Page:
Maryland is one of the few states with an office of children, youth, and families, for example, and a mandate that state agencies collaborate on behalf of children. Even before the advent of Roots and Wings, the county health department funded half of the school nursing positions in the St. Mary's County public schools.

Moreover, the NASDC grant now pays half the costs of the full-time family-support coordinators. It also provides the transportation funds--$11,000 this year--for the after-school program.

Says Lawrence J. Dolan, a research scientist with Johns Hopkins: "When we think about how this is going to look in Memphis or Dade County, Fla., this particular area is going to look different everywhere we go because of the local history and resources."

"Compared to the curriculum, which we think will transport rather easily," he adds, "this will not."

The predecessor to Roots and Wings is a program developed by Hopkins researchers known as Success for All. It's designed to reorganize elementary schools in high-poverty areas so that all children are reading at grade level by the end of 3rd grade.

Success for All also requires a family-support component, but Dolan says it "varies tremendously from site to site." And unlike the model developed in St. Mary's County, there is no direct funding for family-support coordinators.

Dolan says it is unrealistic for Roots and Wings to require all schools to create family-health clinics or to pay for additional personnel. But the designers can insist on some guiding principles. For example, all schools will be expected to create a family-support team and an attendance program, particularly if their attendance rate is below 95 percent.

As is true in the curriculum area, researchers plan to offer specific strategies and materials that can be adapted to local sites. They include methods for increasing attendance, managing behavior problems, and working with parents, such as the Books and Breakfast meeting. Many of the family-literacy activities, in fact, were developed as part of the Success for All program.

Starting Slowly

Meanwhile, participants in St. Mary's County are struggling with their own problems. Both the adult-education component of the family-support model and the creation of programs for children from birth to age 4 have been slower to get off the ground.

"If there is one facet of our plan that has not made as much progress, it is our adult education," Dolan says. The local community college, for example, does not operate a g.e.d. program in the county.

The county already has a program for infants and toddlers, but it primarily serves those with physical handicaps. The four elementary schools participating in Roots and Wings would like to offer services to a wider array of children and families. They also want to increase the amount of time devoted to socialization and beginning literacy skills. Right now, most of the time at the infant-and-toddler centers is taken up with occupational and physical therapy.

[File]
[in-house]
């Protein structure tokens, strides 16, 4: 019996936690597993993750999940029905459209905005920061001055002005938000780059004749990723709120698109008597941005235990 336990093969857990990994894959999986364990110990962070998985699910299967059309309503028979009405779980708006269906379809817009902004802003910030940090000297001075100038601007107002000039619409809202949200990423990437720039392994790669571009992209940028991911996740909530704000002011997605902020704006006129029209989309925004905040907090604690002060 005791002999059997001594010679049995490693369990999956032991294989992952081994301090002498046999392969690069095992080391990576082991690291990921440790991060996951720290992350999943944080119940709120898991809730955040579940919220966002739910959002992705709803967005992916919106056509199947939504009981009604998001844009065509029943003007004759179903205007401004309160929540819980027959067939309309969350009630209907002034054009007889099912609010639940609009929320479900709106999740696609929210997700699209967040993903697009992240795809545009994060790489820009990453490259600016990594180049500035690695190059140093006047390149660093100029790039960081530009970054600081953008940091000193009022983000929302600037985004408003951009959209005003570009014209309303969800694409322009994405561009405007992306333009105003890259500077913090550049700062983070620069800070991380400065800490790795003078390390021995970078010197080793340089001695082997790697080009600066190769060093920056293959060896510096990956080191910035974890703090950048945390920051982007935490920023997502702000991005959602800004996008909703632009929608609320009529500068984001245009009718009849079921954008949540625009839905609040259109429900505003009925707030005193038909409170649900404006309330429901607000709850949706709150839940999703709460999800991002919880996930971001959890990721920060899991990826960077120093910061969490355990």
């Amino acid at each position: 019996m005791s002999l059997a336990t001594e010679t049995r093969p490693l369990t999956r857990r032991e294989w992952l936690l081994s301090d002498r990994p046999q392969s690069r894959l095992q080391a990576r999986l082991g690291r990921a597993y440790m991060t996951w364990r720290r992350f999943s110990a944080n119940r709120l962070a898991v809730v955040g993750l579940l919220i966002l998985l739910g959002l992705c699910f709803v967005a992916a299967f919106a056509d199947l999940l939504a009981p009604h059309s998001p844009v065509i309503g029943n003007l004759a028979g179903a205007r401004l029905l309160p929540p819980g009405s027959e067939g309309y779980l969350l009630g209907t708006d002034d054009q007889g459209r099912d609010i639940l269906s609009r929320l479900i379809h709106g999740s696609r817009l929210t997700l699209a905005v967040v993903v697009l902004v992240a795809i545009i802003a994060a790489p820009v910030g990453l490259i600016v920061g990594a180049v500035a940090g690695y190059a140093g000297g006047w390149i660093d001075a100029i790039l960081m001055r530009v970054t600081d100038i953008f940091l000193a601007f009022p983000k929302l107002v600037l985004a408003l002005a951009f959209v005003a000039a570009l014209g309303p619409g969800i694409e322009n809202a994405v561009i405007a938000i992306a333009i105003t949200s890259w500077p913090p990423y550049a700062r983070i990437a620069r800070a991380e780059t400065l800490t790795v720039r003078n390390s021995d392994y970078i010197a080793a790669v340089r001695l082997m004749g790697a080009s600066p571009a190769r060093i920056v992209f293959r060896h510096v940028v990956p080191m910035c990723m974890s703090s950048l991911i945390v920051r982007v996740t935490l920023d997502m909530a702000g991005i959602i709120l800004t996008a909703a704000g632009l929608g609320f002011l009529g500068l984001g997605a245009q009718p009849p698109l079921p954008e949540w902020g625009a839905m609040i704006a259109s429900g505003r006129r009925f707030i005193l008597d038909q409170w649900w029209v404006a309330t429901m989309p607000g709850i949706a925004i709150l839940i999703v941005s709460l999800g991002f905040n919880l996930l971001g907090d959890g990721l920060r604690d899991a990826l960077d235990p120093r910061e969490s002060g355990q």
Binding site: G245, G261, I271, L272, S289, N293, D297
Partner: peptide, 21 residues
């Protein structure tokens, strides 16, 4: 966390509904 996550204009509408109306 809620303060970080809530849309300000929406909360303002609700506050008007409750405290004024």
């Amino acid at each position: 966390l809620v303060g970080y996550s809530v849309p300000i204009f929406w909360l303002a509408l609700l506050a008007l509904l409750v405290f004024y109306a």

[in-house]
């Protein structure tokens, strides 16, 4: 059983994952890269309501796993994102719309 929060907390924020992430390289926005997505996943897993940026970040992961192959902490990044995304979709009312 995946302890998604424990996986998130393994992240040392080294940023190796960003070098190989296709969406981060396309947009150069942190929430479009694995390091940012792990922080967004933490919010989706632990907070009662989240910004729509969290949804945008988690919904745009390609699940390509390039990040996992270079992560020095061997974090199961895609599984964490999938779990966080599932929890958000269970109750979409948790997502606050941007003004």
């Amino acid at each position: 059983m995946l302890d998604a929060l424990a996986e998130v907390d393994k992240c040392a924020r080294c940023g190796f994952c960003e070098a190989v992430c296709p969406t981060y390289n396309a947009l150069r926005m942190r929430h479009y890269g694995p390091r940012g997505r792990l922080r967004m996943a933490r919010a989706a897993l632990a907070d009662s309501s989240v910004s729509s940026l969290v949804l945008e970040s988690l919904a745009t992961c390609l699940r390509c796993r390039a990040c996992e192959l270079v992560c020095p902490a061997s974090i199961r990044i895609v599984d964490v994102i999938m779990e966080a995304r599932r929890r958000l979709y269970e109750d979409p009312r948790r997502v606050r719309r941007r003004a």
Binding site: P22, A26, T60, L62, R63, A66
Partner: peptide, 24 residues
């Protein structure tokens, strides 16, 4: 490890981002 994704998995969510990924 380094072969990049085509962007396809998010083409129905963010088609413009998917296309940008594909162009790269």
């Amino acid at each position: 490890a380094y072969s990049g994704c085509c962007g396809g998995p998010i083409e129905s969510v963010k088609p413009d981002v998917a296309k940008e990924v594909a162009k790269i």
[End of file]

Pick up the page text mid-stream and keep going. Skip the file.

Mary Blakely, the principal of Green Holly Elementary, says, "What we want to be is self-sustaining. That's why we've moved slowly in this area. And we want to reach all our families, not just the at-risk."

Lexington Park Elementary has begun a "Panda Cub Club" for the parents of children who are not enrolled in its pre-kindergarten program. The hope is to bring these parents and children into the school for some of its existing workshops on nutrition, health, and other subjects. Ridge Elementary applied for, but did not receive, a grant to work with 10 at-risk children under age 3 and their parents a few days a week on socialization and beginning literacy. Carver Elementary held a town meeting last year on the need for high-quality, affordable preschool. It's existing pre-kindergarten program can serve only 20 students and has a long waiting list. Another town meeting on the subject is scheduled for this month.

Another problem is getting families to turn out for such events, even when they are offered. Finnacom sent home notices about the Books and Breakfast meeting to the parents of all 4-year-olds not involved in the school, Chapter 1 parents, and all of the parents of 1st through 3rd graders with younger children at home. She had hoped to attract at least a dozen families, but got only four mothers and one grandfather.

"We can offer things," she sighs, "but it's getting people in. I'd like to have 40 or 50 people here."

"There isn't a lack of interest on the parents' part," she adds. "There are needs out there that we don't really see. Last night, I was in a child's home where there were two kerosene lamps. That's not enough light to read by, yet we require 20 minutes of reading a night. So we're all learning. I don't think education ever has any clean answers."

At least for the parents who came this morning, the effort seems to have been worthwhile.

As Morgan peruses the books on a nearby table, her mother explains that she came because the pre-kindergartner loves to read. "We read all the time, mostly at night," Wyman says. "I came just to see if I was doing O.K. at reading. One thing I guess I have to do is to take my time. My problem is I try to rush her through books, mainly because I'm ready to go to bed."

Leilani Ramos, the pregnant mother of 4-year-old Stephanie, says: "I'm interested in developing reading in my children. My kids love reading. They always beg me to go to the library but it's so hard to pick the right material for them." Ramos has brought along her father, who also reads to the children at night.

"I think she was right," she says, gesturing at Finnacom. "The kids who read more, they just learn to do better in school."

Vol. 14, Issue 14